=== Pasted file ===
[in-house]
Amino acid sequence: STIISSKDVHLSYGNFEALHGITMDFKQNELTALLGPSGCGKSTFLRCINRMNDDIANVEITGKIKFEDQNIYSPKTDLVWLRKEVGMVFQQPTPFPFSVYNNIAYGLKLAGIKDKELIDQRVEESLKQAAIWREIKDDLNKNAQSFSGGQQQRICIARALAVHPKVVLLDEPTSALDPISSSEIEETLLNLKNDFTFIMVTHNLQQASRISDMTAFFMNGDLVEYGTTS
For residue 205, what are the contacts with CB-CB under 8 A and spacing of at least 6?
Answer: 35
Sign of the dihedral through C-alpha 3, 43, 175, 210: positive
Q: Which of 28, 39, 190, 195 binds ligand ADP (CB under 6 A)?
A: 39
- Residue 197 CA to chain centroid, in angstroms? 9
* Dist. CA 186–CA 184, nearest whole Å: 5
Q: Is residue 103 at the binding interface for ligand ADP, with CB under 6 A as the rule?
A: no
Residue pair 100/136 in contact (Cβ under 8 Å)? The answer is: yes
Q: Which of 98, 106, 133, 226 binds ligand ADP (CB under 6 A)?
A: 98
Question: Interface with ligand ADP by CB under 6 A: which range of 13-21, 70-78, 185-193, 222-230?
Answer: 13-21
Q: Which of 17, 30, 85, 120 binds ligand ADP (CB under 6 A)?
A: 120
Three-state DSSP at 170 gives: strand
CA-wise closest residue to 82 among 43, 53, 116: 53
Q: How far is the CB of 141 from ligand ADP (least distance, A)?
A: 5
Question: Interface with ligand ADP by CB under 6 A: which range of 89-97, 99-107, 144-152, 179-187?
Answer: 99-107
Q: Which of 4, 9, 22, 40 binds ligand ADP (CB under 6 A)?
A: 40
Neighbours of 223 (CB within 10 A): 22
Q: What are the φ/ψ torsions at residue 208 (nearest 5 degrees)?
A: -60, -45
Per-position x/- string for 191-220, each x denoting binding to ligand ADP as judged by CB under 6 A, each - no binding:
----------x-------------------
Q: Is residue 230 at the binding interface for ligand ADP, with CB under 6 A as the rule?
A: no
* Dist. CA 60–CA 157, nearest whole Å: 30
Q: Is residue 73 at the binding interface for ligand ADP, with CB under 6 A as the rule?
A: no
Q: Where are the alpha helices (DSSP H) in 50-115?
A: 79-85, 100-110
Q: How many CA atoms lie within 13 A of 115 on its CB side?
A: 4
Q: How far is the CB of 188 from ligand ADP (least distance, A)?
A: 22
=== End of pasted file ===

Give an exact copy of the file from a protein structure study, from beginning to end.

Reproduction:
[in-house]
Amino acid sequence: STIISSKDVHLSYGNFEALHGITMDFKQNELTALLGPSGCGKSTFLRCINRMNDDIANVEITGKIKFEDQNIYSPKTDLVWLRKEVGMVFQQPTPFPFSVYNNIAYGLKLAGIKDKELIDQRVEESLKQAAIWREIKDDLNKNAQSFSGGQQQRICIARALAVHPKVVLLDEPTSALDPISSSEIEETLLNLKNDFTFIMVTHNLQQASRISDMTAFFMNGDLVEYGTTS
For residue 205, what are the contacts with CB-CB under 8 A and spacing of at least 6?
Answer: 35
Sign of the dihedral through C-alpha 3, 43, 175, 210: positive
Q: Which of 28, 39, 190, 195 binds ligand ADP (CB under 6 A)?
A: 39
- Residue 197 CA to chain centroid, in angstroms? 9
* Dist. CA 186–CA 184, nearest whole Å: 5
Q: Is residue 103 at the binding interface for ligand ADP, with CB under 6 A as the rule?
A: no
Residue pair 100/136 in contact (Cβ under 8 Å)? The answer is: yes
Q: Which of 98, 106, 133, 226 binds ligand ADP (CB under 6 A)?
A: 98
Question: Interface with ligand ADP by CB under 6 A: which range of 13-21, 70-78, 185-193, 222-230?
Answer: 13-21
Q: Which of 17, 30, 85, 120 binds ligand ADP (CB under 6 A)?
A: 120
Three-state DSSP at 170 gives: strand
CA-wise closest residue to 82 among 43, 53, 116: 53
Q: How far is the CB of 141 from ligand ADP (least distance, A)?
A: 5
Question: Interface with ligand ADP by CB under 6 A: which range of 89-97, 99-107, 144-152, 179-187?
Answer: 99-107
Q: Which of 4, 9, 22, 40 binds ligand ADP (CB under 6 A)?
A: 40
Neighbours of 223 (CB within 10 A): 22
Q: What are the φ/ψ torsions at residue 208 (nearest 5 degrees)?
A: -60, -45
Per-position x/- string for 191-220, each x denoting binding to ligand ADP as judged by CB under 6 A, each - no binding:
----------x-------------------
Q: Is residue 230 at the binding interface for ligand ADP, with CB under 6 A as the rule?
A: no
* Dist. CA 60–CA 157, nearest whole Å: 30
Q: Is residue 73 at the binding interface for ligand ADP, with CB under 6 A as the rule?
A: no
Q: Where are the alpha helices (DSSP H) in 50-115?
A: 79-85, 100-110
Q: How many CA atoms lie within 13 A of 115 on its CB side?
A: 4
Q: How far is the CB of 188 from ligand ADP (least distance, A)?
A: 22